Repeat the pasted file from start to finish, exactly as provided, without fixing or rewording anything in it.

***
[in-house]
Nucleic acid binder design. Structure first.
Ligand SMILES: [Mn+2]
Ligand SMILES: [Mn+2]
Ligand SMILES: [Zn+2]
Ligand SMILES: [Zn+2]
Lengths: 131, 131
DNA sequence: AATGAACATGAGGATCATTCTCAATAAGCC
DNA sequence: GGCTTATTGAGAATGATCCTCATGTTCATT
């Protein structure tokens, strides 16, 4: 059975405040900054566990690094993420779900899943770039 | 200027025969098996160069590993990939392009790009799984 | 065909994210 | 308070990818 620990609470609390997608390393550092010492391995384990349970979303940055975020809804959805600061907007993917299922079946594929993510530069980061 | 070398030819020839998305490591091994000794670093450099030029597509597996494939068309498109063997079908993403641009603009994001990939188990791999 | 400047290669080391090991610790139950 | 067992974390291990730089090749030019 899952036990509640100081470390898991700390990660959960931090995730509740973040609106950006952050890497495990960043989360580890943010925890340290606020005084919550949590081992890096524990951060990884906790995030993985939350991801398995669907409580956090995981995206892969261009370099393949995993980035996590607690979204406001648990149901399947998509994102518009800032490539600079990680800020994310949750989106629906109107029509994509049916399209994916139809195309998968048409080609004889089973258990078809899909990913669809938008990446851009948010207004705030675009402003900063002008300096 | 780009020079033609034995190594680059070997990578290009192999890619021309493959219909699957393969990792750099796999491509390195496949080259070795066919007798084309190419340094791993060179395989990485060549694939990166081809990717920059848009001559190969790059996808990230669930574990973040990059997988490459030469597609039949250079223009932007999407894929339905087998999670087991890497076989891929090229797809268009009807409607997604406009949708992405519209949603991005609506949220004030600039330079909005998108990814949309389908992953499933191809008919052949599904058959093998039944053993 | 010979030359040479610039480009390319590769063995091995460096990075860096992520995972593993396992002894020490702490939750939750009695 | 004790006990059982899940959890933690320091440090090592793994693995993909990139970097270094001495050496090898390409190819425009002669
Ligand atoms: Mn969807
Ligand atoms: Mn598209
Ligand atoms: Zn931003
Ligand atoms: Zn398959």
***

[in-house]
Nucleic acid binder design. Structure first.
Ligand SMILES: [Mn+2]
Ligand SMILES: [Mn+2]
Ligand SMILES: [Zn+2]
Ligand SMILES: [Zn+2]
Lengths: 131, 131
DNA sequence: AATGAACATGAGGATCATTCTCAATAAGCC
DNA sequence: GGCTTATTGAGAATGATCCTCATGTTCATT
């Protein structure tokens, strides 16, 4: 059975405040900054566990690094993420779900899943770039 | 200027025969098996160069590993990939392009790009799984 | 065909994210 | 308070990818 620990609470609390997608390393550092010492391995384990349970979303940055975020809804959805600061907007993917299922079946594929993510530069980061 | 070398030819020839998305490591091994000794670093450099030029597509597996494939068309498109063997079908993403641009603009994001990939188990791999 | 400047290669080391090991610790139950 | 067992974390291990730089090749030019 899952036990509640100081470390898991700390990660959960931090995730509740973040609106950006952050890497495990960043989360580890943010925890340290606020005084919550949590081992890096524990951060990884906790995030993985939350991801398995669907409580956090995981995206892969261009370099393949995993980035996590607690979204406001648990149901399947998509994102518009800032490539600079990680800020994310949750989106629906109107029509994509049916399209994916139809195309998968048409080609004889089973258990078809899909990913669809938008990446851009948010207004705030675009402003900063002008300096 | 780009020079033609034995190594680059070997990578290009192999890619021309493959219909699957393969990792750099796999491509390195496949080259070795066919007798084309190419340094791993060179395989990485060549694939990166081809990717920059848009001559190969790059996808990230669930574990973040990059997988490459030469597609039949250079223009932007999407894929339905087998999670087991890497076989891929090229797809268009009807409607997604406009949708992405519209949603991005609506949220004030600039330079909005998108990814949309389908992953499933191809008919052949599904058959093998039944053993 | 010979030359040479610039480009390319590769063995091995460096990075860096992520995972593993396992002894020490702490939750939750009695 | 004790006990059982899940959890933690320091440090090592793994693995993909990139970097270094001495050496090898390409190819425009002669
Ligand atoms: Mn969807
Ligand atoms: Mn598209
Ligand atoms: Zn931003
Ligand atoms: Zn398959």